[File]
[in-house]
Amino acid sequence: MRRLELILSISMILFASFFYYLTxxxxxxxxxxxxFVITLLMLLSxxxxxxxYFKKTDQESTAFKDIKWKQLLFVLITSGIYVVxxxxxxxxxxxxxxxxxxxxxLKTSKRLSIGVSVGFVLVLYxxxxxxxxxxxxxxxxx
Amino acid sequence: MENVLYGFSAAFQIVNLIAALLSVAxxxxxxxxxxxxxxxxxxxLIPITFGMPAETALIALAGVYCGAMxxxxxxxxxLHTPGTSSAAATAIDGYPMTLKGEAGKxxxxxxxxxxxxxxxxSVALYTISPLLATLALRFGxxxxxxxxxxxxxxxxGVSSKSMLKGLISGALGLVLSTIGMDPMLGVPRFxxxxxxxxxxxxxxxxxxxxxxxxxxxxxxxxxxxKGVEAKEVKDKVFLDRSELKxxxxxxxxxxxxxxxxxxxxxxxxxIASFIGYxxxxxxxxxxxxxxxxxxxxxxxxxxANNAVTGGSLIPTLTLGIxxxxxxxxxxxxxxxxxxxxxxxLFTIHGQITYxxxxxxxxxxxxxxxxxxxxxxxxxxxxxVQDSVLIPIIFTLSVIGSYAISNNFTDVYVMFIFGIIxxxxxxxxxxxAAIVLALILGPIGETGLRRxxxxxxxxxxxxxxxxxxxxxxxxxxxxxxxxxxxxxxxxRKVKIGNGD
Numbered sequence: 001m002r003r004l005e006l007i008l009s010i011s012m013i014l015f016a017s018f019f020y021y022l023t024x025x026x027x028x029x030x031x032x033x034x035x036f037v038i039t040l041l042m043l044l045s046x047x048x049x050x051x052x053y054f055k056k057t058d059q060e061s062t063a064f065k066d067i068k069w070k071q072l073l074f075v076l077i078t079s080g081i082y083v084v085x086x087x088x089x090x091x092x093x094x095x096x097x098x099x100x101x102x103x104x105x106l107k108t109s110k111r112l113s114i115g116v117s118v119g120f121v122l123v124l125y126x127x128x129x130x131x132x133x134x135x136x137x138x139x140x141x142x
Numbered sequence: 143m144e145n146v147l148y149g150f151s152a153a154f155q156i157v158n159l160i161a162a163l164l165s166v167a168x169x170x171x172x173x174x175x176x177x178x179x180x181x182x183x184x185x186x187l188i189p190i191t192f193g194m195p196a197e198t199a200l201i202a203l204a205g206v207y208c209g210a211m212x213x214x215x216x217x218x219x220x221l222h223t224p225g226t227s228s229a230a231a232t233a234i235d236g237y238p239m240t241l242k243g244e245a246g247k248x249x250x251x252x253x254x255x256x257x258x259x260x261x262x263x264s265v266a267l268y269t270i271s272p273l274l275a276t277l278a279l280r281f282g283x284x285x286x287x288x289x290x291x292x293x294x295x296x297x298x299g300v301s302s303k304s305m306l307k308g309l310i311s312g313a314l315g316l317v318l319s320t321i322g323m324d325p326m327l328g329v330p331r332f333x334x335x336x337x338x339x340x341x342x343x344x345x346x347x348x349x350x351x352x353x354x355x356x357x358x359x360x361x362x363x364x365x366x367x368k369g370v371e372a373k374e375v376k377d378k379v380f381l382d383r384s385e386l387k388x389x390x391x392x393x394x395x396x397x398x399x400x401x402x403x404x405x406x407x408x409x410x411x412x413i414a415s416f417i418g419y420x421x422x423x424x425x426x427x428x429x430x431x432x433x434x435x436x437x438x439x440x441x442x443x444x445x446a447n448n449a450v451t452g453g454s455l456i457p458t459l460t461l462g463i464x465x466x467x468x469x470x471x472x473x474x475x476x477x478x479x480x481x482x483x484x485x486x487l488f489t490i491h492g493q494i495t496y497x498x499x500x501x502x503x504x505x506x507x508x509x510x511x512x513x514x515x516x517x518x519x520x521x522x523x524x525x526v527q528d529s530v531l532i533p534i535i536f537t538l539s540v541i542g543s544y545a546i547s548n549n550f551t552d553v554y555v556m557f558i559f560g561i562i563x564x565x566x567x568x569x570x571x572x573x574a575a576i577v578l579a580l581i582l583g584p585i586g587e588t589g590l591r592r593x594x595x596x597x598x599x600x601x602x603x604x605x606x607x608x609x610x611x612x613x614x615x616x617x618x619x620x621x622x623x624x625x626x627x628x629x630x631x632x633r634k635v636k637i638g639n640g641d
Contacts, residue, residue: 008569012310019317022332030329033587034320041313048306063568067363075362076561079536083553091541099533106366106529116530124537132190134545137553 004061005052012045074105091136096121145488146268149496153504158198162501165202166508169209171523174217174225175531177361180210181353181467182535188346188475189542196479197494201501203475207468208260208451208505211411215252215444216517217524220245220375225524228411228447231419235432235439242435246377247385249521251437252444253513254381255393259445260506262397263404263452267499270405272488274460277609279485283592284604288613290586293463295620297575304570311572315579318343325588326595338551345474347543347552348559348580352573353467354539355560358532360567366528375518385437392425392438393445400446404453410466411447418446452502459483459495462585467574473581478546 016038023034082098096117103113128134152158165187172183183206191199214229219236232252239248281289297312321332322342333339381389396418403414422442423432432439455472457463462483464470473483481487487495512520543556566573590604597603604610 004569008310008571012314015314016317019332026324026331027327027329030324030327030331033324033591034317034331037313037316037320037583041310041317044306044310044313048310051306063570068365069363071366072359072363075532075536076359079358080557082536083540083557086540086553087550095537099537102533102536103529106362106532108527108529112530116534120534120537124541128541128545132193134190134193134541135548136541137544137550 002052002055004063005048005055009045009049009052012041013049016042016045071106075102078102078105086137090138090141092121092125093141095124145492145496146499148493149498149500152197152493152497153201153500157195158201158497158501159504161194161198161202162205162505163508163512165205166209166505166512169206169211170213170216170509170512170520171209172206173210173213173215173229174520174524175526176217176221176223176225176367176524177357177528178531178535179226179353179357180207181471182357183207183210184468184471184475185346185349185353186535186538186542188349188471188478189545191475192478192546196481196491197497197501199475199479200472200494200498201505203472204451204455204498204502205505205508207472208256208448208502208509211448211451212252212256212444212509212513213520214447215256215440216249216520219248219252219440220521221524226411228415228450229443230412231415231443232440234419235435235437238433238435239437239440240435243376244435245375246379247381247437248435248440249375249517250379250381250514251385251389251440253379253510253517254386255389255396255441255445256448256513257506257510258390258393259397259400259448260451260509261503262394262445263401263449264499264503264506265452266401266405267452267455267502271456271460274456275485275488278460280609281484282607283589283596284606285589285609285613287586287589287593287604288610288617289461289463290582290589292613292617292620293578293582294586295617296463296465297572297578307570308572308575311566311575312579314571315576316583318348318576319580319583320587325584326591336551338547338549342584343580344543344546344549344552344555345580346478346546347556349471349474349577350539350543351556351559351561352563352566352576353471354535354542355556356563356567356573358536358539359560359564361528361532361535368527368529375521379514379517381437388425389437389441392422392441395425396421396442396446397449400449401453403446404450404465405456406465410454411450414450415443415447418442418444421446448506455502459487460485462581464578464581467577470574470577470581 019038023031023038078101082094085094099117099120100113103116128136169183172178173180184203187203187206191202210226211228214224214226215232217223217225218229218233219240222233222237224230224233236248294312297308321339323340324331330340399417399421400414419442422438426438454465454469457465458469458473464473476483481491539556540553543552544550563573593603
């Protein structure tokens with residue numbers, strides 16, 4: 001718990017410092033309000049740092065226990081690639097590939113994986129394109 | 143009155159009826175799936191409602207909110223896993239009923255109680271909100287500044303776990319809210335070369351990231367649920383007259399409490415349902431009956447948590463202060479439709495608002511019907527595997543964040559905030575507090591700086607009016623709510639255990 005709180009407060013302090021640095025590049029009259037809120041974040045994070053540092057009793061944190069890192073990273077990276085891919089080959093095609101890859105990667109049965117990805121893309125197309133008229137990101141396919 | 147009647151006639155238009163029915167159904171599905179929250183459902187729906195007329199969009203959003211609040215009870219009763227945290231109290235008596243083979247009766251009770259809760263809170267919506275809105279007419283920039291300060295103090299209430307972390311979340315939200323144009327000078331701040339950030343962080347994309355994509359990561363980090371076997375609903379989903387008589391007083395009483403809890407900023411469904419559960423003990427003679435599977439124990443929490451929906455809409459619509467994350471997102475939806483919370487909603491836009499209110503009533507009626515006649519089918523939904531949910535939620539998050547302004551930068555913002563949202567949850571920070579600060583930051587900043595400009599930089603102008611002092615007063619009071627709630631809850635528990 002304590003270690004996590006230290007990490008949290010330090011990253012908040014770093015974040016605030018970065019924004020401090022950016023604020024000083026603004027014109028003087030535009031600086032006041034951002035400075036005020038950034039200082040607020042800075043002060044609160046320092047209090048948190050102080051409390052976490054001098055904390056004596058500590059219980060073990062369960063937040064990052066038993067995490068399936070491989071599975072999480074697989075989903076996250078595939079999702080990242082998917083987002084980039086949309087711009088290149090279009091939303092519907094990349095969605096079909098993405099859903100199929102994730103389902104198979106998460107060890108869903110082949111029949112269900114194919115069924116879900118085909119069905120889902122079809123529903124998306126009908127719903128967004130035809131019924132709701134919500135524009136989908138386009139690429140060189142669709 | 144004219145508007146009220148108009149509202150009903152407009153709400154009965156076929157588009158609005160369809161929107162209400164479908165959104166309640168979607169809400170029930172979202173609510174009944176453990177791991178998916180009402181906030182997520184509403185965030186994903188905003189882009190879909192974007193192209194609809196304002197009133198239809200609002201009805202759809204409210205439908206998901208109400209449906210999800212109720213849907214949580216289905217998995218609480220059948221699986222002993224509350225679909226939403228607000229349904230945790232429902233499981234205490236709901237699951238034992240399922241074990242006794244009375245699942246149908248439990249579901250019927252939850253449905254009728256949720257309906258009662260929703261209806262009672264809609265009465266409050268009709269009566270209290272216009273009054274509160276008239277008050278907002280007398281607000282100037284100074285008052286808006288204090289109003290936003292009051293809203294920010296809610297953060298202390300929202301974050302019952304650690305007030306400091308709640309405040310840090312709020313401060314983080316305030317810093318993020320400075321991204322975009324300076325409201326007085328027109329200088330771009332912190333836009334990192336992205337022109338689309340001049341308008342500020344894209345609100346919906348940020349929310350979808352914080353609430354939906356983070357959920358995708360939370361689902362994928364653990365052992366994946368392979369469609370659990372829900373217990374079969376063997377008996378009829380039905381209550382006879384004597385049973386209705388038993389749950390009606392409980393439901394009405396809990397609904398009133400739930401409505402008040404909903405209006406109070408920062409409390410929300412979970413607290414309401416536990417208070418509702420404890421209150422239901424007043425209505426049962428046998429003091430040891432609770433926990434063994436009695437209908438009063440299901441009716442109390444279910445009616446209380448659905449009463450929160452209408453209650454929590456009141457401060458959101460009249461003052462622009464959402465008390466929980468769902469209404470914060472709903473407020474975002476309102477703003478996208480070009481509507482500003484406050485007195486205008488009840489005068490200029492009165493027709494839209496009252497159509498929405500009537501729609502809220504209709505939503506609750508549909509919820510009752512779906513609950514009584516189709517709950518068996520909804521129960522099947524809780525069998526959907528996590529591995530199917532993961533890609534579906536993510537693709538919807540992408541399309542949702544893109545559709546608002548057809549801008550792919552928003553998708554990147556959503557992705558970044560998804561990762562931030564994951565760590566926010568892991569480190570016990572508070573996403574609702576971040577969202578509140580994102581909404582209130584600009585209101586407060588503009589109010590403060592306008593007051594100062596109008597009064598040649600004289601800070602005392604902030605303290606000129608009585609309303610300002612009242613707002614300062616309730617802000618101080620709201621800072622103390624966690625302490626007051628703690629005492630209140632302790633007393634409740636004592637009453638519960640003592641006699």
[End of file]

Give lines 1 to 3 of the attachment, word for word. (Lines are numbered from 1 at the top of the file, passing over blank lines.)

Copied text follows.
[in-house]
Amino acid sequence: MRRLELILSISMILFASFFYYLTxxxxxxxxxxxxFVITLLMLLSxxxxxxxYFKKTDQESTAFKDIKWKQLLFVLITSGIYVVxxxxxxxxxxxxxxxxxxxxxLKTSKRLSIGVSVGFVLVLYxxxxxxxxxxxxxxxxx
Amino acid sequence: MENVLYGFSAAFQIVNLIAALLSVAxxxxxxxxxxxxxxxxxxxLIPITFGMPAETALIALAGVYCGAMxxxxxxxxxLHTPGTSSAAATAIDGYPMTLKGEAGKxxxxxxxxxxxxxxxxSVALYTISPLLATLALRFGxxxxxxxxxxxxxxxxGVSSKSMLKGLISGALGLVLSTIGMDPMLGVPRFxxxxxxxxxxxxxxxxxxxxxxxxxxxxxxxxxxxKGVEAKEVKDKVFLDRSELKxxxxxxxxxxxxxxxxxxxxxxxxxIASFIGYxxxxxxxxxxxxxxxxxxxxxxxxxxANNAVTGGSLIPTLTLGIxxxxxxxxxxxxxxxxxxxxxxxLFTIHGQITYxxxxxxxxxxxxxxxxxxxxxxxxxxxxxVQDSVLIPIIFTLSVIGSYAISNNFTDVYVMFIFGIIxxxxxxxxxxxAAIVLALILGPIGETGLRRxxxxxxxxxxxxxxxxxxxxxxxxxxxxxxxxxxxxxxxxRKVKIGNGD